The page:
Irish regulators are slapping Instagram with a big fine after an investigation found the social media platform mishandled teenagers’ personal data.
Ireland’s Data Protection Commission said by email Monday that it made a final decision last week to fine the company 405 million euros ($402 million), though the full details won’t be released until next week.
The penalty is the second-biggest issued under the European Union’s stringent privacy rules, after Luxembourg’s regulators fined Amazon 746 million euros last year.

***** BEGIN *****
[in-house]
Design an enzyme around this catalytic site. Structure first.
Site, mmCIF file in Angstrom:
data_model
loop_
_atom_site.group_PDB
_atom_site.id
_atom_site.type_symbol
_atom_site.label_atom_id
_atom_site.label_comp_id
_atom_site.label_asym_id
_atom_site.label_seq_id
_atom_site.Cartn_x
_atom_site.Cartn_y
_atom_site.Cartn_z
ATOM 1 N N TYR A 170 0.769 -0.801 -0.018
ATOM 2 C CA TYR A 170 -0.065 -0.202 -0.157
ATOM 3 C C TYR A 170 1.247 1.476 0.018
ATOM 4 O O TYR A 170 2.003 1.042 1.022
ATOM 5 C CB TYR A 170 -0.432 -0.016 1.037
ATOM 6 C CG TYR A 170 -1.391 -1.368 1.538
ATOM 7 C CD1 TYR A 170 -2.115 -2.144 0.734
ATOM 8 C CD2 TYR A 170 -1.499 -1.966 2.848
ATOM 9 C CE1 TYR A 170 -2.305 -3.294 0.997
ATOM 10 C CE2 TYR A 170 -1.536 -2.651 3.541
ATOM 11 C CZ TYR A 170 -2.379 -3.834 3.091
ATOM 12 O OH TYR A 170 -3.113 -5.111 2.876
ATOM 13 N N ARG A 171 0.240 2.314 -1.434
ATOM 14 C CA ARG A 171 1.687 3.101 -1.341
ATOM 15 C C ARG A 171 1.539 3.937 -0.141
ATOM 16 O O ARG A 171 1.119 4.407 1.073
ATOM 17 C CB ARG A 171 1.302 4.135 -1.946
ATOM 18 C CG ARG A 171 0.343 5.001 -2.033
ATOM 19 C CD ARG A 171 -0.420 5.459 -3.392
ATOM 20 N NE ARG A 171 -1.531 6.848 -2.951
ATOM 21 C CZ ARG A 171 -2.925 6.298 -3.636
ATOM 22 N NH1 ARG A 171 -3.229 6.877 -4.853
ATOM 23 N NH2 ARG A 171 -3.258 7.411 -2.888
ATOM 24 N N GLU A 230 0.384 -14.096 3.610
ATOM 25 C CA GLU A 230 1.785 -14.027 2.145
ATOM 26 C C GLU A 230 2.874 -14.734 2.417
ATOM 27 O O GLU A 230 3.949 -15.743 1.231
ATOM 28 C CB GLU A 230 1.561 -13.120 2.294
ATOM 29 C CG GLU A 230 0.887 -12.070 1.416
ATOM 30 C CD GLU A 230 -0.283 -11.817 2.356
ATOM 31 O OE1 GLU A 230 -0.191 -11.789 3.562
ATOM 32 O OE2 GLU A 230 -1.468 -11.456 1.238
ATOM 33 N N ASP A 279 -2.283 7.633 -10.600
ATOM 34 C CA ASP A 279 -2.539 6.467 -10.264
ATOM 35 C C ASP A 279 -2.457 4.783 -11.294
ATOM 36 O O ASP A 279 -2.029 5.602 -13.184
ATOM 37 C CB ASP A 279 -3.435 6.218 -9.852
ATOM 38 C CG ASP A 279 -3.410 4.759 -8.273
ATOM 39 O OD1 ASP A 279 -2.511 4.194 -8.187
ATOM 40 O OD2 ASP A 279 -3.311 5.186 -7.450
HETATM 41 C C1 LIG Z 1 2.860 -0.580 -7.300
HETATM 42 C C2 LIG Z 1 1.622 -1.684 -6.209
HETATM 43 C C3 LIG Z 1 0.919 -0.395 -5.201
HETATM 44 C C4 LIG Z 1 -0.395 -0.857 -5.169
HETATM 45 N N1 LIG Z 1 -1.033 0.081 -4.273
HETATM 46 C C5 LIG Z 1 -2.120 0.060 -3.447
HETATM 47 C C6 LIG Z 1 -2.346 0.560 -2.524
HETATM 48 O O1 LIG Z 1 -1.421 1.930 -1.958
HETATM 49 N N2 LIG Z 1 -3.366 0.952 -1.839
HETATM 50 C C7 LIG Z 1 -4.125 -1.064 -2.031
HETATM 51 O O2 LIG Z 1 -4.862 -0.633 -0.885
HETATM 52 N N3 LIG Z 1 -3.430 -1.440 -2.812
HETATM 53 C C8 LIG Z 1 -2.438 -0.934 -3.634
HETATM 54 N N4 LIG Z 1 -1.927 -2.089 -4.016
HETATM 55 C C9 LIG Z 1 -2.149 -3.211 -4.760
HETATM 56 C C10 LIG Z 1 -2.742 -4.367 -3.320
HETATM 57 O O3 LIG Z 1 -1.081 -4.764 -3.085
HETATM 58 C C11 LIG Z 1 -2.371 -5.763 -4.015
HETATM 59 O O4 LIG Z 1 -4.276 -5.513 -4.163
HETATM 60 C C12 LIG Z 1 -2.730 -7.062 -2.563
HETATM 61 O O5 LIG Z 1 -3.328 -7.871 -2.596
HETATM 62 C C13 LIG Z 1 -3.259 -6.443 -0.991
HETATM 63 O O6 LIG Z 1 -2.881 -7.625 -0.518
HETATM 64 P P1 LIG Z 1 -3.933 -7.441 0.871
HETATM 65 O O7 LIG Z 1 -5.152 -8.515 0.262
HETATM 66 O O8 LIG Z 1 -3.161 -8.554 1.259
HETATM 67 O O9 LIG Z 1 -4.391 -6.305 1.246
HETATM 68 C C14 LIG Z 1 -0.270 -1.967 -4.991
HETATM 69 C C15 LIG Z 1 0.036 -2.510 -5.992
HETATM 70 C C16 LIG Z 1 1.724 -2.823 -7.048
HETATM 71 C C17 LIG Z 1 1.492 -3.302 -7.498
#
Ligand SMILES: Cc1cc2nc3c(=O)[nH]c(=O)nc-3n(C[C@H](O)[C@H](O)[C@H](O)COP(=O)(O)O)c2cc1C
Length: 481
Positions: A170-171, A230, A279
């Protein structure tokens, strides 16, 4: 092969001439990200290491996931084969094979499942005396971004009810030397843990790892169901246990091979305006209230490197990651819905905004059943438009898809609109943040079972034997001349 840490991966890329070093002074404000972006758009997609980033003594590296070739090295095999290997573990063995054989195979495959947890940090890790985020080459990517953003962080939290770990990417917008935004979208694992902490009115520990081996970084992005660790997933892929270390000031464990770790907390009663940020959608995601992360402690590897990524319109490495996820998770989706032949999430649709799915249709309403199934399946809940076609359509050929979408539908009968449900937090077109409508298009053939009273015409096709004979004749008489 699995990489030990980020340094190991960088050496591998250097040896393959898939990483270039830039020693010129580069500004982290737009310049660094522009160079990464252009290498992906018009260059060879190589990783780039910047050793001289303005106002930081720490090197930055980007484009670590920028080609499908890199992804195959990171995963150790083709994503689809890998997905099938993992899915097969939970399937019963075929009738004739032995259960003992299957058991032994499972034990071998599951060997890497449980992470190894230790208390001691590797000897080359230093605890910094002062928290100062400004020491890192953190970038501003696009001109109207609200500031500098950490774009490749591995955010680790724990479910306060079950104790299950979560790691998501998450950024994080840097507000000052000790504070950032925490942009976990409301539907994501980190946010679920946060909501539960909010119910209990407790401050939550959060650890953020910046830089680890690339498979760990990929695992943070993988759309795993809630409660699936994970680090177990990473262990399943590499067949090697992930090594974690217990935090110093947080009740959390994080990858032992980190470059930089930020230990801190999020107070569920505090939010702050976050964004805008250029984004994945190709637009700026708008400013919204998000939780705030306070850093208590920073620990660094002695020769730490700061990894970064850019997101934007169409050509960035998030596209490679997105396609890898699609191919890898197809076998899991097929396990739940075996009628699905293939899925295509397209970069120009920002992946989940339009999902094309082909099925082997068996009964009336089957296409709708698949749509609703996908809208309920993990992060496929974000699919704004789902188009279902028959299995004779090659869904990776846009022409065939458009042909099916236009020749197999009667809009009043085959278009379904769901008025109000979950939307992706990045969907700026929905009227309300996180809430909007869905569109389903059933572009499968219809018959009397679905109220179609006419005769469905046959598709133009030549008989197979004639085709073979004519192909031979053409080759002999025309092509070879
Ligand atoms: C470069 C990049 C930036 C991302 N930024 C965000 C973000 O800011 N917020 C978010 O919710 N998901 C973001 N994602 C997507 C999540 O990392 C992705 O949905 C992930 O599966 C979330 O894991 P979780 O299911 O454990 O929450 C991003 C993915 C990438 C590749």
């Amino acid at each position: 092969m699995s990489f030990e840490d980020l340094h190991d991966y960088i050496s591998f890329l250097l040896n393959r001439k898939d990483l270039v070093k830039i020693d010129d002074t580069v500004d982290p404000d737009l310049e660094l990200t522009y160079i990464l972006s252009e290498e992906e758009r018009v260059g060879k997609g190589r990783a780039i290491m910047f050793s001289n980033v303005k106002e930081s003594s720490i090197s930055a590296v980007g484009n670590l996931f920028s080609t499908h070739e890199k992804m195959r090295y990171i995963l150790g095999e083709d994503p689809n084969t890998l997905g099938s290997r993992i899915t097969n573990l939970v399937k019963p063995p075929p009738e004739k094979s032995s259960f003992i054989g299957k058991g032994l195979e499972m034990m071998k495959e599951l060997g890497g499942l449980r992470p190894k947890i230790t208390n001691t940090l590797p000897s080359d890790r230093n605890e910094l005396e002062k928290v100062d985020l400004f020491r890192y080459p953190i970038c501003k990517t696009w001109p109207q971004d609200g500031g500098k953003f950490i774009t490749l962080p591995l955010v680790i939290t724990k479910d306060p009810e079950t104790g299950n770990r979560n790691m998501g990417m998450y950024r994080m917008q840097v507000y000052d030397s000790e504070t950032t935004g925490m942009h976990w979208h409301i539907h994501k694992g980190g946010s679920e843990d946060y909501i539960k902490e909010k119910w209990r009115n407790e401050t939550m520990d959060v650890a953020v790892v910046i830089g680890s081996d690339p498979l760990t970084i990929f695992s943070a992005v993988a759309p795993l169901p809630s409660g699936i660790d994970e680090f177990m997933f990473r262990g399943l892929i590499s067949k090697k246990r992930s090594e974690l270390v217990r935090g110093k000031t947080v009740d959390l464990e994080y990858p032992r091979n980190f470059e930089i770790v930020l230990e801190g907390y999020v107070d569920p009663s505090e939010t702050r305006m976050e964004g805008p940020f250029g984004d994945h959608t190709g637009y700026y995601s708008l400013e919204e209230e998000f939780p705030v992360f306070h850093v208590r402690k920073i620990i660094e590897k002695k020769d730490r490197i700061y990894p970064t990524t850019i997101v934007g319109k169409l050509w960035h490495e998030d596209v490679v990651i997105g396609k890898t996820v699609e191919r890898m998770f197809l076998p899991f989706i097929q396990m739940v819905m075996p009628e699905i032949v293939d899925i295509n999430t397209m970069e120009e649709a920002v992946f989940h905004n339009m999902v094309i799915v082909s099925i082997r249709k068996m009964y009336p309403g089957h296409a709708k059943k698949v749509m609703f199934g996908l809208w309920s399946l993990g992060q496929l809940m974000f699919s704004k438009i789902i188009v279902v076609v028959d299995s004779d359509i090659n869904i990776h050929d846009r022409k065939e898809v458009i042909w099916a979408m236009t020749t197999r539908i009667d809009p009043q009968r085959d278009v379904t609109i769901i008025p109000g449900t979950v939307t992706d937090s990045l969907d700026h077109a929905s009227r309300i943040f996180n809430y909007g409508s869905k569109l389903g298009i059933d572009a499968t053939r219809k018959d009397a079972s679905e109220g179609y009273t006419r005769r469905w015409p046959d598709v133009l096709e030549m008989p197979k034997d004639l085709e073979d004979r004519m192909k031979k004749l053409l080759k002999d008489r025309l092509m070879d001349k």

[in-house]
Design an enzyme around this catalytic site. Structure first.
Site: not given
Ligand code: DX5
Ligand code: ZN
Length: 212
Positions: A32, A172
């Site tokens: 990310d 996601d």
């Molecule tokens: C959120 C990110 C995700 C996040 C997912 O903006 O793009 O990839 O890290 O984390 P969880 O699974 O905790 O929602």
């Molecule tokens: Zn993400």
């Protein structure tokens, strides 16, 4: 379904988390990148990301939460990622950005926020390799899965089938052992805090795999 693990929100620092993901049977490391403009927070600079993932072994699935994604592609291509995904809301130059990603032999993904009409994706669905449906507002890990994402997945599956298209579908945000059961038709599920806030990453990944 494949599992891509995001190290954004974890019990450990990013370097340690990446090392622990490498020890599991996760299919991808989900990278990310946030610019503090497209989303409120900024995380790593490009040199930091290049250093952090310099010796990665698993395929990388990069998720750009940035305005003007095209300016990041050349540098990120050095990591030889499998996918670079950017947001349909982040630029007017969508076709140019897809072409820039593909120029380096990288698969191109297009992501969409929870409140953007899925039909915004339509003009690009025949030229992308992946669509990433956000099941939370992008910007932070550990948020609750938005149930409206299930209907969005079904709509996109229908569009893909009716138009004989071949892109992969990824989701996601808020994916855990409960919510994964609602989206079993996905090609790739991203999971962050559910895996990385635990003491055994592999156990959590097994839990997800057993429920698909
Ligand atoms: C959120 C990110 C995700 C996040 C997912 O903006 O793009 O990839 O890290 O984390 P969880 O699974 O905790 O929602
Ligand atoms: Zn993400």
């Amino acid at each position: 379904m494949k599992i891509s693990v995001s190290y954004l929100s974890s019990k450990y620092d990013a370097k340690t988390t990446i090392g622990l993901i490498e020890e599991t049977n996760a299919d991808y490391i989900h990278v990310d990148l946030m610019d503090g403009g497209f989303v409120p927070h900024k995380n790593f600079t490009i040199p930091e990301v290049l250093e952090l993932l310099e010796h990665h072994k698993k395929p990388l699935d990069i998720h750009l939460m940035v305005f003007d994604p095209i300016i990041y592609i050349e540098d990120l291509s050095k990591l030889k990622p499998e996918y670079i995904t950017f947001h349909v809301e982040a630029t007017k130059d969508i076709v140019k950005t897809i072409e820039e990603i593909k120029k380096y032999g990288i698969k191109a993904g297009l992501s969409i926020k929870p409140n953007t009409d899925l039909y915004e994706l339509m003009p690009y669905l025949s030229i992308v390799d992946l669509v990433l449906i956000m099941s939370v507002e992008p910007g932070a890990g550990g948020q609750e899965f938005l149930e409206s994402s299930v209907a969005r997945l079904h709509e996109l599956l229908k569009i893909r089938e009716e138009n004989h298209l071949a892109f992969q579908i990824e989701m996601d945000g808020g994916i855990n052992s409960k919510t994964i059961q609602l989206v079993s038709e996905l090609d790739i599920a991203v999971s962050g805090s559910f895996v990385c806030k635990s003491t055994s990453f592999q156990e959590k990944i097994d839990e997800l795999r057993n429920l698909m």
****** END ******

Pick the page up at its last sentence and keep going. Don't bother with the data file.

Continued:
Instagram parent Meta, which also owns Facebook and can appeal the decision, didn’t respond to a request for comment.
The Irish watchdog’s investigation centred on how Instagram exposed the personal details of users aged 13 to 17, including email addresses and phone numbers. The minimum age for Instagram users is 13.
Under the EU’s data privacy rules, the Irish watchdog is the lead regulator for many US tech companies with European headquarters in Dublin.
The watchdog has a raft of other inquiries into Meta-owned companies. Last year, it fined WhatsApp 225 million euros for breaching rules on transparency about sharing people’s data with other Meta companies.